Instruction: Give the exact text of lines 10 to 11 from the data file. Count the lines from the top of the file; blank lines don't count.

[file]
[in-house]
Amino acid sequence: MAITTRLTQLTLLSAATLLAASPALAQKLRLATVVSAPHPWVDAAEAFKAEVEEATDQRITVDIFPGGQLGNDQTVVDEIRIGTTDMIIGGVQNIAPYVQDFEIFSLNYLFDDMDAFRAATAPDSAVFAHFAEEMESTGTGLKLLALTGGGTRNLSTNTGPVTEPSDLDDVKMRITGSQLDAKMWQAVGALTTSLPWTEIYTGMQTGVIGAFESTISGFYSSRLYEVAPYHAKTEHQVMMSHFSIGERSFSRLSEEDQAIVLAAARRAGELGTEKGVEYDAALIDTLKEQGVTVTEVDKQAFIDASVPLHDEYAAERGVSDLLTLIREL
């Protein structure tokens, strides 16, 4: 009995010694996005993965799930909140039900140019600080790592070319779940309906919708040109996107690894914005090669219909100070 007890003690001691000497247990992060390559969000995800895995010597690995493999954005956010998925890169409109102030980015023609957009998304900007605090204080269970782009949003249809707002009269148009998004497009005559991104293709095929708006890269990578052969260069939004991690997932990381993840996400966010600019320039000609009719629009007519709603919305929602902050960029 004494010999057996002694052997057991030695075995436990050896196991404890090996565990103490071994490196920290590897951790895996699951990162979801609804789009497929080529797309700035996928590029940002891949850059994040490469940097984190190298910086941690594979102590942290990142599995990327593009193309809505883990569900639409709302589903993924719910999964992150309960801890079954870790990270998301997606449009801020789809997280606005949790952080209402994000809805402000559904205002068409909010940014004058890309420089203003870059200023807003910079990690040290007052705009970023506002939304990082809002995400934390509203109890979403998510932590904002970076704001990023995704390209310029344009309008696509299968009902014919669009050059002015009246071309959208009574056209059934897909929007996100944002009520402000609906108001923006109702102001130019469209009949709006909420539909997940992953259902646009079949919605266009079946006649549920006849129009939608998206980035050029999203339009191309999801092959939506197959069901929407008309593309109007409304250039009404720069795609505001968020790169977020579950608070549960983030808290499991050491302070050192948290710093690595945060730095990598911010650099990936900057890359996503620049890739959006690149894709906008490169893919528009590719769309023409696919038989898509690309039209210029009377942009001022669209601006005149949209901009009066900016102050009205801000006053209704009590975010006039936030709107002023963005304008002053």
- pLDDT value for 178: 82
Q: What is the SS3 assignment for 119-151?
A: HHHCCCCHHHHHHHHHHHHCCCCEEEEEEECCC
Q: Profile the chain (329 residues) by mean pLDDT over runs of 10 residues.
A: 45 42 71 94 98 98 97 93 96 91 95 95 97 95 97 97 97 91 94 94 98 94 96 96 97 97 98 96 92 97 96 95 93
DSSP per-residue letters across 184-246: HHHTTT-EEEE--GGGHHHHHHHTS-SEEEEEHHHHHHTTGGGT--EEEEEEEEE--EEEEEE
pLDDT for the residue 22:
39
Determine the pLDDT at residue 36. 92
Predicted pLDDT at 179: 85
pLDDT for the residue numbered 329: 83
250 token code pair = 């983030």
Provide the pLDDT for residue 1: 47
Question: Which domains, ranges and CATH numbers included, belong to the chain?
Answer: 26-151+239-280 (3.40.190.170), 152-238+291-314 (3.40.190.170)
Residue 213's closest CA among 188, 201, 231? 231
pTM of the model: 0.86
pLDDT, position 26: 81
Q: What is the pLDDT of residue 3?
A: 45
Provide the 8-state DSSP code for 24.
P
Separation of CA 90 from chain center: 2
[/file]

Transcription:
pLDDT for the residue 22:
39